Choosing the people who are going to act as managers for new and ongoing projects is incredibly important, and there is definitely some confusion when it comes to where the best people for the job generally reside. Should you choose your company’s leading employees to head up that important project, or is it better to promote less experienced people to a role with more responsibility through training? There’s also the matter of apprenticeships, with well-trained and loyal employees indispensible to project management roles.
One thing is clear – choosing the wrong people to manage projects can result in huge losses for the company – both financial and reputational – and this is why proper training has become so important to success in this area. By appointing people who are ill-equipped to lead new projects you are risking failure before you even begin. Failed projects mean a hit to your company’s reputation and an increase in your risk profile, as well as a negative impact on the confidence and drive of your remaining workforce.
Putting faith and money behind projects without proper management in place can devastate a company, so it’s imperative that you’re aware of where to find good people for the job. Promoting your best employees seems like the obvious move until you realise that those people might not actually be the most skilled for the project management position. Qualifications aren’t necessarily enough – employees have to be qualified in how to manage – and skills developed by a specific PRINCE2 qualification from ILX are thus incredibly important.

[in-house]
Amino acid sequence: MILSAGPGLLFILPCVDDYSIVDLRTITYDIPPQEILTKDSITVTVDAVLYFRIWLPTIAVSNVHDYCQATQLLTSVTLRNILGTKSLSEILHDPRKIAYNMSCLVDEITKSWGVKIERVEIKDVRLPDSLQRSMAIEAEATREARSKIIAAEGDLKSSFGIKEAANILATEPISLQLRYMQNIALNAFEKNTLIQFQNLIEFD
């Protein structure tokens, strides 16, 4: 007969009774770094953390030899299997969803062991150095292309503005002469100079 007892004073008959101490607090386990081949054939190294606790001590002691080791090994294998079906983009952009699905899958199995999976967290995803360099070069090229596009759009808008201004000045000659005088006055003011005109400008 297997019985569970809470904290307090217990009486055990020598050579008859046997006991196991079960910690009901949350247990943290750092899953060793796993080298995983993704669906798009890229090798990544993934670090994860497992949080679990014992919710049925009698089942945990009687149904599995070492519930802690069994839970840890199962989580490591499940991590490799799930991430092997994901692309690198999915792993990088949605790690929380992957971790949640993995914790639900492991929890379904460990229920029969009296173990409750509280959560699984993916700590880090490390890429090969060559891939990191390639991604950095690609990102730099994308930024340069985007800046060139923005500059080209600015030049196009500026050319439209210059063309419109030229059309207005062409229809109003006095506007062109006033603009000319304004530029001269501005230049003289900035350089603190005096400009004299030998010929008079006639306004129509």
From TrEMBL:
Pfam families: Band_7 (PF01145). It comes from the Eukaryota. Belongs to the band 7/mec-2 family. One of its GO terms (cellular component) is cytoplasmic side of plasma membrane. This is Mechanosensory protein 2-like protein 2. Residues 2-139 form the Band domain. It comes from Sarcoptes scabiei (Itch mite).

There is a common perception in the business world that there’s a shortage of people adequately trained for project management positions, and this is forcing companies to appoint people who aren’t up to the job. This strong demand for skilled project managers has created a space that needs to be filled by someone, and the misconception that project management skills are picked up along the way could be actively preventing projects was succeeding. Good employees don’t necessarily make the greatest project managers.
Investing in new projects is a costly business, so you should make sure you’re assembling the absolute best team of people when starting out. Existing skills can be nurtured and added to but, if the wrong person ends up guiding the project to failure, it can cause problems for everyone involved. Worst case scenario – you lose out on your investment and your employees become increasingly discontented in their current position. This is where training new staff and recruiting apprentices can be helpful, as they are more likely to remain loyal and be eager to learn new skills.
Young people are a largely untapped resource when it comes to project management positions, and hiring apprentices can lay the groundwork for future success. On the job training or some form of combined learning can be the best way to establish proper management skills in employees, and this means that young employees will trained in a way that others may not be. Business education must prioritise strategic and organisation skills essential to project management and on-the-job training will hone those abilities further.
Finding the right project managers, then, is a matter of searching out particular skills rather than looking at someone’s performance in their current job, and only this can ensure projects are a success for your organisation. PRINCE2 courses offer this training on best practice for project management and the method is widely used across the public and private sectors. It can be looked at as a discipline all on its own and, like any discipline, it needs to be nurtured in order to develop and grow.
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